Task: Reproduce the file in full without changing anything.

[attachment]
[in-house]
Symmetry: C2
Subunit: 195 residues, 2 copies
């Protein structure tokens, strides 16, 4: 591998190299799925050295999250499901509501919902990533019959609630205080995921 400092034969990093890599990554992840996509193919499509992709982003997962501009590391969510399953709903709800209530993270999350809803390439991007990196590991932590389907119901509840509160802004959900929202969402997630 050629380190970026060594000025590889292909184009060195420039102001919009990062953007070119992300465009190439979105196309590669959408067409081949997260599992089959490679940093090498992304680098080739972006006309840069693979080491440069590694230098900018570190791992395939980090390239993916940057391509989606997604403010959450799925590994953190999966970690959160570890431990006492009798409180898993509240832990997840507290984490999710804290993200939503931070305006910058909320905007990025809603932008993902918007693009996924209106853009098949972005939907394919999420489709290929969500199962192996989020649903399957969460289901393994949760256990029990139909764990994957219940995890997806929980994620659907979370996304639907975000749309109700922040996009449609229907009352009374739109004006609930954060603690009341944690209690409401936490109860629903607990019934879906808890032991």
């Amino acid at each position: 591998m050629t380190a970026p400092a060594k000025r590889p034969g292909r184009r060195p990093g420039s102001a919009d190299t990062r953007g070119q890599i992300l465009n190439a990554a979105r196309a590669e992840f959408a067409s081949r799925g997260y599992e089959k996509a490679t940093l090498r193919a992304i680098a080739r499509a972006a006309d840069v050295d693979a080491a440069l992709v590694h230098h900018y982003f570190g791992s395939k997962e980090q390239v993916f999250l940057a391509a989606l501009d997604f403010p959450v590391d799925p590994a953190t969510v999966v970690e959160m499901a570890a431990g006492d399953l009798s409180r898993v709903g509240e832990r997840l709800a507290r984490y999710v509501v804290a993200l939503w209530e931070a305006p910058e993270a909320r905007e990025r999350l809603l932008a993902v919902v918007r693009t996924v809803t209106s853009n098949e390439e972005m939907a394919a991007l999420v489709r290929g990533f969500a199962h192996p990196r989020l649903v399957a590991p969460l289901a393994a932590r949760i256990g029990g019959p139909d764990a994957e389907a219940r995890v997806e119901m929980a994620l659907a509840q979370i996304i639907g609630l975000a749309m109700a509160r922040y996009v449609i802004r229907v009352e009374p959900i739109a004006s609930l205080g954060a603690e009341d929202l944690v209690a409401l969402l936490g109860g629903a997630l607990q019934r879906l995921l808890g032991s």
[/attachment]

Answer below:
[in-house]
Symmetry: C2
Subunit: 195 residues, 2 copies
């Protein structure tokens, strides 16, 4: 591998190299799925050295999250499901509501919902990533019959609630205080995921 400092034969990093890599990554992840996509193919499509992709982003997962501009590391969510399953709903709800209530993270999350809803390439991007990196590991932590389907119901509840509160802004959900929202969402997630 050629380190970026060594000025590889292909184009060195420039102001919009990062953007070119992300465009190439979105196309590669959408067409081949997260599992089959490679940093090498992304680098080739972006006309840069693979080491440069590694230098900018570190791992395939980090390239993916940057391509989606997604403010959450799925590994953190999966970690959160570890431990006492009798409180898993509240832990997840507290984490999710804290993200939503931070305006910058909320905007990025809603932008993902918007693009996924209106853009098949972005939907394919999420489709290929969500199962192996989020649903399957969460289901393994949760256990029990139909764990994957219940995890997806929980994620659907979370996304639907975000749309109700922040996009449609229907009352009374739109004006609930954060603690009341944690209690409401936490109860629903607990019934879906808890032991």
């Amino acid at each position: 591998m050629t380190a970026p400092a060594k000025r590889p034969g292909r184009r060195p990093g420039s102001a919009d190299t990062r953007g070119q890599i992300l465009n190439a990554a979105r196309a590669e992840f959408a067409s081949r799925g997260y599992e089959k996509a490679t940093l090498r193919a992304i680098a080739r499509a972006a006309d840069v050295d693979a080491a440069l992709v590694h230098h900018y982003f570190g791992s395939k997962e980090q390239v993916f999250l940057a391509a989606l501009d997604f403010p959450v590391d799925p590994a953190t969510v999966v970690e959160m499901a570890a431990g006492d399953l009798s409180r898993v709903g509240e832990r997840l709800a507290r984490y999710v509501v804290a993200l939503w209530e931070a305006p910058e993270a909320r905007e990025r999350l809603l932008a993902v919902v918007r693009t996924v809803t209106s853009n098949e390439e972005m939907a394919a991007l999420v489709r290929g990533f969500a199962h192996p990196r989020l649903v399957a590991p969460l289901a393994a932590r949760i256990g029990g019959p139909d764990a994957e389907a219940r995890v997806e119901m929980a994620l659907a509840q979370i996304i639907g609630l975000a749309m109700a509160r922040y996009v449609i802004r229907v009352e009374p959900i739109a004006s609930l205080g954060a603690e009341d929202l944690v209690a409401l969402l936490g109860g629903a997630l607990q019934r879906l995921l808890g032991s």